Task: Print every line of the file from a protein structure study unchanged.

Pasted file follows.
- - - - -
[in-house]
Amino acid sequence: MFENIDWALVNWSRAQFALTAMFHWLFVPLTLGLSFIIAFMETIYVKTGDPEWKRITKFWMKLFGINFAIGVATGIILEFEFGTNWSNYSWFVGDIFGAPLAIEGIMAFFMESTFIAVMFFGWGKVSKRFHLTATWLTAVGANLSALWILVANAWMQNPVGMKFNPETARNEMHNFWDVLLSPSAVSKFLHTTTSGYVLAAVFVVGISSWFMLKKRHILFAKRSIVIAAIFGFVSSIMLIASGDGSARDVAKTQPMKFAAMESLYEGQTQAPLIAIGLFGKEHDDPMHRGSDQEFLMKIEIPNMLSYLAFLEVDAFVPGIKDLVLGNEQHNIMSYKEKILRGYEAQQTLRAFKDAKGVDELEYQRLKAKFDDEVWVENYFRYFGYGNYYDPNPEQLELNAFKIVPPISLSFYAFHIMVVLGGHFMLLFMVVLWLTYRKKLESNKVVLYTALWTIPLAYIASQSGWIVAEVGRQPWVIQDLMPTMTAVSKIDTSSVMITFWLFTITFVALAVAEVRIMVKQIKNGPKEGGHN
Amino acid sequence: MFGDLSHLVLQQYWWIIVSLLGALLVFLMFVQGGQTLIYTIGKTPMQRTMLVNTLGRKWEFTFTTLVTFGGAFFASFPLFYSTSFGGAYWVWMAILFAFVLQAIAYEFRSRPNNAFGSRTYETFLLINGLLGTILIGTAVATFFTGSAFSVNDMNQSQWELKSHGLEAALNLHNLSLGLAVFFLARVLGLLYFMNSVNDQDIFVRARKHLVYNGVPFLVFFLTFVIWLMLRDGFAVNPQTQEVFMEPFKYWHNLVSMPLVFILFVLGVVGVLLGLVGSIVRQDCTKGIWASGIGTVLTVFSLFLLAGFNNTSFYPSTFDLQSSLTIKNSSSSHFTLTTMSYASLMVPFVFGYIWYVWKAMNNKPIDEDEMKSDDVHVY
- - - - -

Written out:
[in-house]
Amino acid sequence: MFENIDWALVNWSRAQFALTAMFHWLFVPLTLGLSFIIAFMETIYVKTGDPEWKRITKFWMKLFGINFAIGVATGIILEFEFGTNWSNYSWFVGDIFGAPLAIEGIMAFFMESTFIAVMFFGWGKVSKRFHLTATWLTAVGANLSALWILVANAWMQNPVGMKFNPETARNEMHNFWDVLLSPSAVSKFLHTTTSGYVLAAVFVVGISSWFMLKKRHILFAKRSIVIAAIFGFVSSIMLIASGDGSARDVAKTQPMKFAAMESLYEGQTQAPLIAIGLFGKEHDDPMHRGSDQEFLMKIEIPNMLSYLAFLEVDAFVPGIKDLVLGNEQHNIMSYKEKILRGYEAQQTLRAFKDAKGVDELEYQRLKAKFDDEVWVENYFRYFGYGNYYDPNPEQLELNAFKIVPPISLSFYAFHIMVVLGGHFMLLFMVVLWLTYRKKLESNKVVLYTALWTIPLAYIASQSGWIVAEVGRQPWVIQDLMPTMTAVSKIDTSSVMITFWLFTITFVALAVAEVRIMVKQIKNGPKEGGHN
Amino acid sequence: MFGDLSHLVLQQYWWIIVSLLGALLVFLMFVQGGQTLIYTIGKTPMQRTMLVNTLGRKWEFTFTTLVTFGGAFFASFPLFYSTSFGGAYWVWMAILFAFVLQAIAYEFRSRPNNAFGSRTYETFLLINGLLGTILIGTAVATFFTGSAFSVNDMNQSQWELKSHGLEAALNLHNLSLGLAVFFLARVLGLLYFMNSVNDQDIFVRARKHLVYNGVPFLVFFLTFVIWLMLRDGFAVNPQTQEVFMEPFKYWHNLVSMPLVFILFVLGVVGVLLGLVGSIVRQDCTKGIWASGIGTVLTVFSLFLLAGFNNTSFYPSTFDLQSSLTIKNSSSSHFTLTTMSYASLMVPFVFGYIWYVWKAMNNKPIDEDEMKSDDVHVY